Author Topic: Clutch basket change questions.  (Read 455 times)

Offline Dogdaze

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Re: Clutch basket change questions.
« Reply #15 on: October 11, 2017, 01:40:54 pm »
It will, once you take of the clutch case (16? ) bolts, then there is a further 5 nuts that retain the diaphragm spring, once that is off then the nut will be seen......
As I get older, I am no longer surprised at what I know, I'm surprised at how much I don't know.

Offline fraserdog

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Re: Clutch basket change questions.
« Reply #16 on: October 11, 2017, 03:05:46 pm »
I must sound like a right biffa,i am quite a competent mechanic and a toolmaker by trade but the bit i can't get my head round is that the way the clutch basket  is cast the "castellations" have a cast ring around them which is stopping the new tool sliding down far enough for the inner part of the tool to engage with the inner clutch splines or that is what it looks like might happen.
« Last Edit: October 11, 2017, 03:31:26 pm by fraserdog »

Offline fraserdog

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Re: Clutch basket change questions.
« Reply #17 on: October 11, 2017, 03:32:17 pm »
Has anyone used the EBC type of clutch holding tool?

Offline Dogdaze

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Re: Clutch basket change questions.
« Reply #18 on: October 11, 2017, 03:43:50 pm »
I must sound like a right biffa,i am quite a competent mechanic and a toolmaker by trade but the bit i can't get my head round is that the way the clutch basket  is cast the "castellations" have a cast ring around them which is stopping the new tool sliding down far enough for the inner part of the tool to engage with the inner clutch splines or that is what it looks like might happen.

It does not need to get far down the 'teeth' as the lever/ handle would not allow it to go further anyway because of the clutch housing. Trust.
As I get older, I am no longer surprised at what I know, I'm surprised at how much I don't know.

Offline fraserdog

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Re: Clutch basket change questions.
« Reply #19 on: October 11, 2017, 03:49:23 pm »
Sounds good,i just had it in my mind that to hold it properly it would have to be at least half way down the basket as the nut it supposed to be so tight,won't be doing the job now for a month or so now due to other commitments  :(,typical got all the bits now but no time.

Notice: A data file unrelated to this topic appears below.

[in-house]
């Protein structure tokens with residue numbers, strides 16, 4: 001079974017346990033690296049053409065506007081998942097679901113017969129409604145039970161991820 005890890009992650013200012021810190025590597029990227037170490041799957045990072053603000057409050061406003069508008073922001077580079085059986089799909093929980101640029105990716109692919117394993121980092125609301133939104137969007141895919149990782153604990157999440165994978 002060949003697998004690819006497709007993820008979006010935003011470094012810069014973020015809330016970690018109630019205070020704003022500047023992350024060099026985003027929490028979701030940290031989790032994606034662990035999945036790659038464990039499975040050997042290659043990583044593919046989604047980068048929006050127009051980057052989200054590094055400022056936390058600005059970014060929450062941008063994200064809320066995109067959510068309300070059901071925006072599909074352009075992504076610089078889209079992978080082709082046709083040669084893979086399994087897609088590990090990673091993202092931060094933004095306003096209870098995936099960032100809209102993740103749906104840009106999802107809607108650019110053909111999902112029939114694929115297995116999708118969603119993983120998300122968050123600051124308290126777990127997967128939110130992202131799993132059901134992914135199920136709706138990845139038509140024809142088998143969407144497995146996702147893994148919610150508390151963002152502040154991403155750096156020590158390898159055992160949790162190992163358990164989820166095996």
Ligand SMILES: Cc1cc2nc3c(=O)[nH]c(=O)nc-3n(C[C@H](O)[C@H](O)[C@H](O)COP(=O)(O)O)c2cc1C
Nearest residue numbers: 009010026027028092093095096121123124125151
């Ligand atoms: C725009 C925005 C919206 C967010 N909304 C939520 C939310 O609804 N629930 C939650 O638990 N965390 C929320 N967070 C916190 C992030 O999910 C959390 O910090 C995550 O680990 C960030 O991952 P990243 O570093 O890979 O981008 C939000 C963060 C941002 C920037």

Offline Dogdaze

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Re: Clutch basket change questions.
« Reply #20 on: October 11, 2017, 03:53:06 pm »
Don't worry, gives you time to re-read the install again and familiarise yourself with it, by then it should only take you 30-40 mins to do it.
As I get older, I am no longer surprised at what I know, I'm surprised at how much I don't know.

Offline fraserdog

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Re: Clutch basket change questions.
« Reply #21 on: October 11, 2017, 03:54:37 pm »
I should be able to do it blindfold by then  :)

Offline EricV

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Re: Clutch basket change questions.
« Reply #22 on: October 11, 2017, 04:59:14 pm »
I should be able to do it blindfold by then  :)

Please use all of your senses while doing the install, just stop thinking about it so much.  Pull the cover off, watch for the two dowel pins and keep them retained in either the cover or the case.  Remove the six flange bolts that retain the clutch spring and pressure plate assembly.  Pull the clutch friction disks and plates out.  Remove the short push rod if you haven't already.  Note it's placement in the order of parts.

Now use a punch to push out the divit on the center locking nut, Then place the EBC tool over the splines of the primary driven gear, ("clutch hub"), rotate until it rests against the frame, apply impact wrench with 30mm socket to center nut.  Remove nut, washer and clutch boss and carefully set aside.

Lift out primary driven gear, ("clutch hub"), taking special note of the bearings and other bits on the shaft.  Some may stay on the shaft, or may come out with the clutch hub.

Swap the last disk from the old part to the new part, using special care with the retaining circlip so as to avoid damaging it.  This is noted in the FSM as a replace item during service, but it can safely be re-used.

Reinstall in reverse order.  And yes, I've done this a couple of times, using the EBC tool.  You will need it again when you torque the nut down.
 
If you don't have the FSM, there is a suggested sequence to tightening the bolts in stages on the cover to avoid warpage.  Consider it similar to wheel lug nuts on a car, crossing back and forth as you work around the perimeter.

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